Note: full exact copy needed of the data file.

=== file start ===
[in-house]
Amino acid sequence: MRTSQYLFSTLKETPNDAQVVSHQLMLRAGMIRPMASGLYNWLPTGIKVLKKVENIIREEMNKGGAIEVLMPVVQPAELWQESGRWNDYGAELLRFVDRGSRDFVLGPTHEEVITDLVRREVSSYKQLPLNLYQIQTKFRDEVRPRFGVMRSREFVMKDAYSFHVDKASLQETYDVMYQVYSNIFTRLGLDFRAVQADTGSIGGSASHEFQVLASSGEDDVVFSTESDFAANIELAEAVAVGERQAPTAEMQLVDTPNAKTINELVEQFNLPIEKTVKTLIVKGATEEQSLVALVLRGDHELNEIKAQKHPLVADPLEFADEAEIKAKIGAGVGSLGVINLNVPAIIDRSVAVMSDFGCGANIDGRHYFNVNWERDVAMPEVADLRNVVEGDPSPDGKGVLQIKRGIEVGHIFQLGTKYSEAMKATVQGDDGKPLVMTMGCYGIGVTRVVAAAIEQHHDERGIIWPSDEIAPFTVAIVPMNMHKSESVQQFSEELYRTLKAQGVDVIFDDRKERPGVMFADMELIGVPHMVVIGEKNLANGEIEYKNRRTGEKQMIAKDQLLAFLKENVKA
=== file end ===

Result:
[in-house]
Amino acid sequence: MRTSQYLFSTLKETPNDAQVVSHQLMLRAGMIRPMASGLYNWLPTGIKVLKKVENIIREEMNKGGAIEVLMPVVQPAELWQESGRWNDYGAELLRFVDRGSRDFVLGPTHEEVITDLVRREVSSYKQLPLNLYQIQTKFRDEVRPRFGVMRSREFVMKDAYSFHVDKASLQETYDVMYQVYSNIFTRLGLDFRAVQADTGSIGGSASHEFQVLASSGEDDVVFSTESDFAANIELAEAVAVGERQAPTAEMQLVDTPNAKTINELVEQFNLPIEKTVKTLIVKGATEEQSLVALVLRGDHELNEIKAQKHPLVADPLEFADEAEIKAKIGAGVGSLGVINLNVPAIIDRSVAVMSDFGCGANIDGRHYFNVNWERDVAMPEVADLRNVVEGDPSPDGKGVLQIKRGIEVGHIFQLGTKYSEAMKATVQGDDGKPLVMTMGCYGIGVTRVVAAAIEQHHDERGIIWPSDEIAPFTVAIVPMNMHKSESVQQFSEELYRTLKAQGVDVIFDDRKERPGVMFADMELIGVPHMVVIGEKNLANGEIEYKNRRTGEKQMIAKDQLLAFLKENVKA